RECENT ADVANCES IN TREATMENT OF LYMPHOMA<br />Presenter: <br />Tanoy Bose<br />Post graduate student<br />Moderator:<br />Dr. B.C.Kalita<br />Assistant Professor<br />The Department of Medicine<br />Assam Medical College, Dibrugarh<br />The 29th of October 2008<br />
WHAT ARE LYMPHOMAS?<br />They are cancers arising from the cells of the immune system at different stages of differentiation, resulting in a wide range of morphologic, immunologic, and clinical findings<br />Some almost always present as leukemia (i.e. primary involvement of bone marrow & blood), while others almost always present as lymphomas (i.e. solid tumors of the immune system)<br />Clinical pattern can change over course of illness: more often in patients suffering from lymphoma and then develop the manifestations of leukemia over the course of the illness.<br />
BACKGROUND:<br />Represent 4% to 5% of all new cancer cases.<br />The fifth leading cause of cancer death in the United States and the second fastest growing cancer in terms of mortality. <br />The highest reported incidence rates are in the United States, and also Europe and Australia; the lowest rates have generally been reported in Asia<br />Seow A, Lee J, Sng I, et al. Non-Hodgkin's lymphoma in an Asian population: 1968–1992 time trends and ethnic differences in Singapore. Cancer 1996;77(9):1899. <br />
Distribution of various subtypes of non-Hodgkin's lymphoma in India: A study of 2773 lymphomas using R.E.A.L. and WHO Classifications.Annals of Oncology. 11 Supplement 1:S63-S67, 2000.Naresh, K. N.; Srinivas, V.; Soman, C. S. <br />
The distribution of NHL subtypes in India shows important differences with those from the rest of the world. <br />Follicular lymphoma and mantle-cell lymphoma are less common in India compared to Europe and the USA.<br /> Peripheral T-cell lymphomas and T/NK-cell lymphomas of nasal and nasal types, which are common in many other Asian countries, are also less prevalent. <br />T-cell lymphoblastic lymphoma and anaplastic large T/null cell lymphoma are more prevalent in India.<br />
RECENT ADVANCES IN TREATMENT OF NON HODGKIN’S LYMPHOMA<br />
The therapeutic options till date & the Problem Statement<br />Therapeutic options till date included systemic chemotherapy either single drug or combination, radiation and bone marrow transplantation.<br />The most common NHL , DLBCL responds well to combination chemotherapeutic regimen like CHOP or CVP.<br />The problem in treating lymphomas are <br />Indolent lymphoma<br />Poor response to first line therapy<br />Lyphomas which are refractory to standard therapeutic regimen.<br />
Multiple agents are now under clinical investigation as a therapeutic alternative for these patients. <br />One of these, the immunomodulatory drug lenalidomide, has shown promising activity in both phase I and II clinical trials. <br />Other agents currently under development for NHL include the alkylating agent bendamustine, the proteasome inhibitor bortezomib, and the radioimmunotherapeutic drug 90Y-ibritumomab tiuxetan.<br />The results of several of these studies are summarized in the following abstract reviews. <br />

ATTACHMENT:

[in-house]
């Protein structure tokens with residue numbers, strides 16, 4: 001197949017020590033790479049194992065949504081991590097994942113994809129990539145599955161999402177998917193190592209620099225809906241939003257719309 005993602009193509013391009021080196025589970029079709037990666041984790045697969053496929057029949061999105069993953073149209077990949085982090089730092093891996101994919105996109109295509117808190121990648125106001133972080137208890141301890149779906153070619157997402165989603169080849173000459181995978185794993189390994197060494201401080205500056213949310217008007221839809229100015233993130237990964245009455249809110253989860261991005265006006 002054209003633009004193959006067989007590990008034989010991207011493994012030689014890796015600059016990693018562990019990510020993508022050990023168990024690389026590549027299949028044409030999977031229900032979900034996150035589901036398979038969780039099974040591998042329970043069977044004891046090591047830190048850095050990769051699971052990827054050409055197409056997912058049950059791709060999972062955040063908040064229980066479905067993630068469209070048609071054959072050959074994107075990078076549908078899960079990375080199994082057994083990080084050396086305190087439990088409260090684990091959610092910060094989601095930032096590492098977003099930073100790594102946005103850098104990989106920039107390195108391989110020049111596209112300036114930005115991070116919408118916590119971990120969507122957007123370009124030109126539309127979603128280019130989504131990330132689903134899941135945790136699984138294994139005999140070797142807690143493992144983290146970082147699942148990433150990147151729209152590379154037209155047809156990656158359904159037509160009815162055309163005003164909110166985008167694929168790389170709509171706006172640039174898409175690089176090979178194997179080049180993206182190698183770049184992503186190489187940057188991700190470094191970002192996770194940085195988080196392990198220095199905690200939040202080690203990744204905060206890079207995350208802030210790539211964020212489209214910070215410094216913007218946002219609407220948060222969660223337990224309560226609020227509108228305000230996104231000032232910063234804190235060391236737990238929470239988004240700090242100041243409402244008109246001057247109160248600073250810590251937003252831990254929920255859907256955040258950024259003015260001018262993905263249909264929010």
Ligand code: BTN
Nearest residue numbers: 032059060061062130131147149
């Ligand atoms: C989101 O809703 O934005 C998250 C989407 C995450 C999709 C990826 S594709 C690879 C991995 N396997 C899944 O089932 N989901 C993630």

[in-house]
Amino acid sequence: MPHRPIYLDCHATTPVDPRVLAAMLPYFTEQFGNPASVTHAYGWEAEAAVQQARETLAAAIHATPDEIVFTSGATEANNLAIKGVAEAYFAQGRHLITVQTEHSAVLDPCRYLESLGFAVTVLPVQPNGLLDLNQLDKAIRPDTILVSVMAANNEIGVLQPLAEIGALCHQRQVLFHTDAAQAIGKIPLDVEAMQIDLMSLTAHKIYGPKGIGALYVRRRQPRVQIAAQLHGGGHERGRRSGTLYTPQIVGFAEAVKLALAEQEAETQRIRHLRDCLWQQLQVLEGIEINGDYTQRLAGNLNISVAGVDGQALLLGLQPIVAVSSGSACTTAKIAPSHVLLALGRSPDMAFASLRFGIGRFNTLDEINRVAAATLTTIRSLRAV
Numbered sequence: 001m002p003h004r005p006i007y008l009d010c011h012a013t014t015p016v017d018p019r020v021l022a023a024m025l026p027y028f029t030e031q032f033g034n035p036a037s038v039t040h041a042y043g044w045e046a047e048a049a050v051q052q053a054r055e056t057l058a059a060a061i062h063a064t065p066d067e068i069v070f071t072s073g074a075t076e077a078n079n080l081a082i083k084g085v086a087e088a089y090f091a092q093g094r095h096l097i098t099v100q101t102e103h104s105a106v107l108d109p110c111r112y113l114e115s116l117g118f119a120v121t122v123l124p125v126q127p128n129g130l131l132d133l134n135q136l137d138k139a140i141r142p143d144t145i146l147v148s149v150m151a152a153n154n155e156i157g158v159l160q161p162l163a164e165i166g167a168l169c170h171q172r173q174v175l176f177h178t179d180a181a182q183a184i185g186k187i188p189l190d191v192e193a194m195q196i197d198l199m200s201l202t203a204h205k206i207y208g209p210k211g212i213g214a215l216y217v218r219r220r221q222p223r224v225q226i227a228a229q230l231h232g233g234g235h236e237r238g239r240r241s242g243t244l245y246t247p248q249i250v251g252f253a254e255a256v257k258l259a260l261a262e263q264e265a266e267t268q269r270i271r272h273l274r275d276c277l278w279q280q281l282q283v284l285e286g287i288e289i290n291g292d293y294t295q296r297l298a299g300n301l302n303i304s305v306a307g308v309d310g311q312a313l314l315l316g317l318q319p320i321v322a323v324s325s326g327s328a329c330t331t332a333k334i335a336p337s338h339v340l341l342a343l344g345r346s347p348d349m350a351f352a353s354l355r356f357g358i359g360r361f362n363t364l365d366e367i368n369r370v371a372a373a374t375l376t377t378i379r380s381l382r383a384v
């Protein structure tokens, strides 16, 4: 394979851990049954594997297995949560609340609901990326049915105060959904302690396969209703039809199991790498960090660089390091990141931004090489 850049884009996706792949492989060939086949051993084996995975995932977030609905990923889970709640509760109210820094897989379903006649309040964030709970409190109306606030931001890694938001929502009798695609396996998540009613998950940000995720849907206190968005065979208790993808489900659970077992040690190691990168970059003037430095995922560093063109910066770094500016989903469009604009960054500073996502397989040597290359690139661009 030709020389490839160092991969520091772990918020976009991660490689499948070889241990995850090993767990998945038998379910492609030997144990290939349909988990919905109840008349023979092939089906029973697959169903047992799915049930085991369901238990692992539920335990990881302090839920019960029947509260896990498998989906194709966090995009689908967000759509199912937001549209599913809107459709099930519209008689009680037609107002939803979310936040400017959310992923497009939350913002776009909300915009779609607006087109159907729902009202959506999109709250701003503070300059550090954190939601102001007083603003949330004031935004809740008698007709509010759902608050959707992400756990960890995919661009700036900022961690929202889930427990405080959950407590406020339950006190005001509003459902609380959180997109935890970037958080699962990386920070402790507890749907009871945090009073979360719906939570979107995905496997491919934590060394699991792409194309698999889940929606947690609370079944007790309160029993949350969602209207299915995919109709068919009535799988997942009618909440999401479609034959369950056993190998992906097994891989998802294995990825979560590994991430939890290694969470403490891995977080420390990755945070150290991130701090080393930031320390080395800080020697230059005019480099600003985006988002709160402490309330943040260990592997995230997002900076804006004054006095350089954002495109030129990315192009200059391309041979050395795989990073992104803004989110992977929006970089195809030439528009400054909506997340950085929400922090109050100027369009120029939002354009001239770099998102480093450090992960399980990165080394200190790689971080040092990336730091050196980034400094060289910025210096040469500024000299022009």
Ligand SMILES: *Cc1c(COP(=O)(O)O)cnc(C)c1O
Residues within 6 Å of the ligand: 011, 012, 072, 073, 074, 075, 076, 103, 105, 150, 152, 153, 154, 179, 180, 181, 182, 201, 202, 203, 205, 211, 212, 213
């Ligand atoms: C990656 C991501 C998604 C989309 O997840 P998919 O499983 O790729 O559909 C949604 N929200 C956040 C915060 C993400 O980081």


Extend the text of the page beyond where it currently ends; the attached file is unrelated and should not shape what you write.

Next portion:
Rituximab + Combination chemotherapy : in DLBCL<br />35% of the patients with a low IPI score of 0-1, the 5 year survival is 70% with CHOP and 85% with Rituximab,while for 20% of patients with high IPI score of 4-5, the 5 year survival is increased upto 35% from 20% with addition of Rituximab.<br />When compared with standard CHOP alone, the addition of Rituximab to standard CHOP regimen reduces the risk of treatment failure in patients with diffuse large B-cell NHL, and doesn't increase the occurrence of chemotherapy-related adverse events.<br />May also be added to CVP regimen.<br />Currently R-CHOP is the GOLD standard treatment in advanced stage DLBCL.<br /><ul><li>Ai Zheng. 2005 Dec;24(12):1421-6. Links[Comparison between R-CHOP regimen and CHOP regimen in treating naive diffuse large B-cell lymphoma in China--a multi-center randomized trail]
www.clinicaladvances.comFebruary 2008 Volume 6, Issue 2, Supplement 4Recent Advances in the Treatment of LymphomaA Review of Selected PresentationsFrom the 49th American Society of Hematology Annual Meeting and ExpositionDecember 8–11, 2007</li></li></ul><li>Epratuzumab Plus Rituximab: in Recurrent Indolent Non-Hodgkin’s Lymphoma<br />Epratuzumab is a novel monoclonal antibody directed against CD22, a molecule commonly expressed on the surface of NHL cells <br />Phase I and II clinical studies in NHL patients have shown that epratuzumab is active both as a single agent and in combination with rituximab<br />The results of a pilot study evaluating the addition of epratuzumab and rituximab to CHOP therapy were recently published, showing an overall response (OR) rate of 87%<br />Numerous studies have shown effective durable response to Epratuzumab +/- Rituximab in pretreated aggressive and refractory or recurrent NHL which includes DLBCL, FL & SLL suggesting it’s activity against different histologies.<br />Preteatment with Rituximab did not affect the outcome<br />Future studies to evaluate this combination as first-line therapy for indolent NHL are both ongoing and planned.<br /><ul><li> Leonard JP, Schuster SJ, Emmanouilides C, et al. Presentation at the 49th American Society of Hematology Annual Meeting and Exposition; Atlanta, GA. December 8-11, 2007: